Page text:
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I tried the ANSI escape sequences like \033[K \033[%dd \033[%dG etc, in AIX. When I used telnet in windows, it didn't work. The same is working fine using putty.

I don't want to use NCURSES, but printfs. Any idea will be appreciated.

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I just realised I'm not sure that my answer is on the money. Telnet to what? PuTTY is a program; what protocol did you use? And, again, connecting to what? Ultimately, something like NCURSES is the right solution here: why don't you want to use it? –  Lightning Reads the Obituaries Jun 30 '11 at 8:55
Accept some previous answers please, and you do not need to sign greetings in your questions as SO is not a forum. –  Lightning Reads the Obituaries Jun 30 '11 at 8:56

1 Answer 1

Windows's command-prompt is not ANSI.

It has its own set of commands to use, but they are not escape sequences.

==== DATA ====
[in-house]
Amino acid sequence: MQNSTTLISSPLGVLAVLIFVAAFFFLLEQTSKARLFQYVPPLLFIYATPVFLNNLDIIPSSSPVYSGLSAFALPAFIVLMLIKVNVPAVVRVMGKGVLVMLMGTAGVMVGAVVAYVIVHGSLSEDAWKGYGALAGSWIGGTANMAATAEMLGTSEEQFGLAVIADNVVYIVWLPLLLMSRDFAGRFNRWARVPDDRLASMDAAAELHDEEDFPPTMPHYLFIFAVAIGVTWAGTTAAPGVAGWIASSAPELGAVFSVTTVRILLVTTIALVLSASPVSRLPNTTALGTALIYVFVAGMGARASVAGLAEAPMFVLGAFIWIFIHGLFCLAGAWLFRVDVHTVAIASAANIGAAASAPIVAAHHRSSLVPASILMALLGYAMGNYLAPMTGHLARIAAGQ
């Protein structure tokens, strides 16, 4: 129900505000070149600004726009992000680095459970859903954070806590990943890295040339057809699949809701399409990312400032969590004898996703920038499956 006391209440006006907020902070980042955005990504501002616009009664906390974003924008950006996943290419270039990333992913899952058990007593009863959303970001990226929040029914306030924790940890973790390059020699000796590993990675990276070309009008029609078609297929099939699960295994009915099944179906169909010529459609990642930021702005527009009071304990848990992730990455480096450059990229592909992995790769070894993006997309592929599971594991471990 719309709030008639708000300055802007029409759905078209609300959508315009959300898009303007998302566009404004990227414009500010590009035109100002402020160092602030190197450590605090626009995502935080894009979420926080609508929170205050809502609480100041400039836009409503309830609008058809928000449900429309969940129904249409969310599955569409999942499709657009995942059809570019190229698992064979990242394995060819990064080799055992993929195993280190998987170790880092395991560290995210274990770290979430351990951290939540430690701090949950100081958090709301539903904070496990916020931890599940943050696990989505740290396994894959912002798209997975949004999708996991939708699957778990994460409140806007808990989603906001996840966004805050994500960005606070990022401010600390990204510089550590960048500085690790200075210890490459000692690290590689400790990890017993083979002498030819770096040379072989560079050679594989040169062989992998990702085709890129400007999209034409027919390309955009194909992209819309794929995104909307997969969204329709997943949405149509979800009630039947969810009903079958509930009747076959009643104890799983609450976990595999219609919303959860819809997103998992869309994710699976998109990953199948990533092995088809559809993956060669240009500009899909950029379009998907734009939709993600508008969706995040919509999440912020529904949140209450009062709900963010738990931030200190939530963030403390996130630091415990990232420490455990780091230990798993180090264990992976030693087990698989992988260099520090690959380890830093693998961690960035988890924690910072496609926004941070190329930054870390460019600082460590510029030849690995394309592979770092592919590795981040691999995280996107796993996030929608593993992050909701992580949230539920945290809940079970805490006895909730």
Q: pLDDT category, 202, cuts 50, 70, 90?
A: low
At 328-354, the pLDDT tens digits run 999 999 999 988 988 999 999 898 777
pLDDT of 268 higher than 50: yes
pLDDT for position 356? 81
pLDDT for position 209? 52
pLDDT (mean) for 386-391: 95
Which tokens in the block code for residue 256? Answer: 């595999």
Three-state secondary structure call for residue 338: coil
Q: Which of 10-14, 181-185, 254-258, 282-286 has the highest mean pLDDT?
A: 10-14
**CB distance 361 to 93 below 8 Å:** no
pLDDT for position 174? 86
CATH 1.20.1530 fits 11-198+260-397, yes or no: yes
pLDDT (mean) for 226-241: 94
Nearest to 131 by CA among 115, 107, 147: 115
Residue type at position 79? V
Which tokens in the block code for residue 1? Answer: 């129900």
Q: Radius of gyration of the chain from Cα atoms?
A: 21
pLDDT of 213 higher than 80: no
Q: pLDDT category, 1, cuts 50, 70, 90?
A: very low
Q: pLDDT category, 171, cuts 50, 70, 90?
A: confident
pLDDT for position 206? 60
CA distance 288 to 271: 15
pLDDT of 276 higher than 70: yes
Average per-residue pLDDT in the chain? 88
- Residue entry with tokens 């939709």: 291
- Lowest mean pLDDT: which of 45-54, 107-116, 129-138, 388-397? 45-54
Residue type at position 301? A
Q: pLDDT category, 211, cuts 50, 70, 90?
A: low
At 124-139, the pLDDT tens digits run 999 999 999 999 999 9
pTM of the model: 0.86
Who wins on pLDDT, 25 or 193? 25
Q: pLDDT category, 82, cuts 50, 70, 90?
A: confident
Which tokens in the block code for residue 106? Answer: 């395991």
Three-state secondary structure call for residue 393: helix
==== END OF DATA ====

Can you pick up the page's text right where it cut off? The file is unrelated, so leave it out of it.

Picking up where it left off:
You can, however, use ANSI.SYS to gain access to similar functionality.

Read more here.

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I tried modifying the ANSI.SYS. As mentioned by microsoft, we need to specify dosonly in CONFIG.NT. But in command.com, telnet is not working. And without DOSONLY, the escape sequences are not working even after including the ANSI.SYS entry. –  AH. Jul 5 '11 at 10:44
@AH: Define "not working", in both cases. –  Lightning Reads the Obituaries Jul 5 '11 at 11:37

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